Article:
http://www.independent.co.uk/news/uk/politics/brexit-latest-dup-irish-border-deal-talks-theresa-may-breakthrough-negotiations-warning-tory-a8098681.html
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UndercoverElephant



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PostPosted: Fri Dec 08, 2017 11:41 am    Post subject: Reply with quote

Posted on Conservative Home:

Quote:

The terms of this agreement say that if there is no deal, Britain still need to pay the EU billions, remain under ECJ jurisdiction in some respects, and align our regulations in perpetuity with the EU's.

"No deal" has basically been taken off the table, meaning we are now at the mercy of a bad deal.


If this is true, then Theresa May has just totally f*cked up the future of this country. She has disabled our escape mechanism, leaving all the power in the hands of the EU. It is true, then Brexit has to be stopped.
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UndercoverElephant



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PostPosted: Fri Dec 08, 2017 11:58 am    Post subject: Reply with quote

It's all bullshit:

https://www.belfasttelegraph.co.uk/news/brexit/brexit-breakthrough-full-text-of-euuk-brexit-deal-first-stage-36390025.html

Quote:

5. Under the caveat that nothing is agreed until everything is agreed, the joint commitments set out below in this joint report shall be reflected in the Withdrawal Agreement in full detail.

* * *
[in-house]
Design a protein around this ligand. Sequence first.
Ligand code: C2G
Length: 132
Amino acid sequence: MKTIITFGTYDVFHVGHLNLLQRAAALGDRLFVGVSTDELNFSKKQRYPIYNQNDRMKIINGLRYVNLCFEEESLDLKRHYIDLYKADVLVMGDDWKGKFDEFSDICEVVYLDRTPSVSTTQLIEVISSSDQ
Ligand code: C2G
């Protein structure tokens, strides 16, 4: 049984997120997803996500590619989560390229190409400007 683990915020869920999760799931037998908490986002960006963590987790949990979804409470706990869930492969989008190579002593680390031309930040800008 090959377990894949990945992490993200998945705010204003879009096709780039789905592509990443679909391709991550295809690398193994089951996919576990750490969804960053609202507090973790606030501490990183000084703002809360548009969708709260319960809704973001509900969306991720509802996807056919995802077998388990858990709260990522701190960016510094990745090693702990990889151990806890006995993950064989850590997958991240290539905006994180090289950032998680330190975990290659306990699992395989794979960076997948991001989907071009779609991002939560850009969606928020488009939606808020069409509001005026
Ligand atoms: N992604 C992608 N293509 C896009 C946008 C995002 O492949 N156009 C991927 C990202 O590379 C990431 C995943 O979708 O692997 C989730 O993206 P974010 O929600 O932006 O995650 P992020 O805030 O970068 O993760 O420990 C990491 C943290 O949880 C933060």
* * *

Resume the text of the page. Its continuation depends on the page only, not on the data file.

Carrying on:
That includes this "agreement". Therefore no deal is still possible ("nothing is agreed" = no deal, hard brexit).

Quote:

43. The United Kingdom also recalls its commitment to the avoidance of a hard border [on the island of Ireland], including any physical infrastructure or related checks and controls.


Weasel words supreme. Imagine you are agreeing a divorce and you say "Yes, I recall the day I said 'till death do us part'". Recalling that you made a commitment is not the same thing as re-affirming it. A hard border is still possible.

Quote:

46. The commitments and principles outlined in this joint report.... must be upheld in all circumstances, irrespective of the nature of any future agreement between the European Union and United Kingdom.


This one looks incomprehensible. How can "the commitments outlined in this report must be upheld in all circumstances" be consistent with "nothing is agreed until everything is agreed"? But it is about avoiding contradictions in future deals rather than in the situation where there is no agreement on a future deal.

This is the humdinger though:

Quote:

50. In the absence of agreed solutions, as set out in the previous paragraph, the United Kingdom will ensure that no new regulatory barriers develop between Northern Ireland and the rest of the United Kingdom, unless, consistent with the 1998 Agreement, the Northern Ireland Executive and Assembly agree that distinct arrangements are appropriate for Northern Ireland. In all circumstances, the United Kingdom will continue to ensure the same unfettered access for Northern Ireland's businesses to the whole of the United Kingdom internal market.


Outright contradiction. How can "in the absence of agreed solutions then X" in paragraph 50 be compatible with "nothing is agreed until everything is agreed"?

Logically it boils down to this:

1) If there is no agreement then nothing is agreed.
2) If there is no agreement then X is agreed.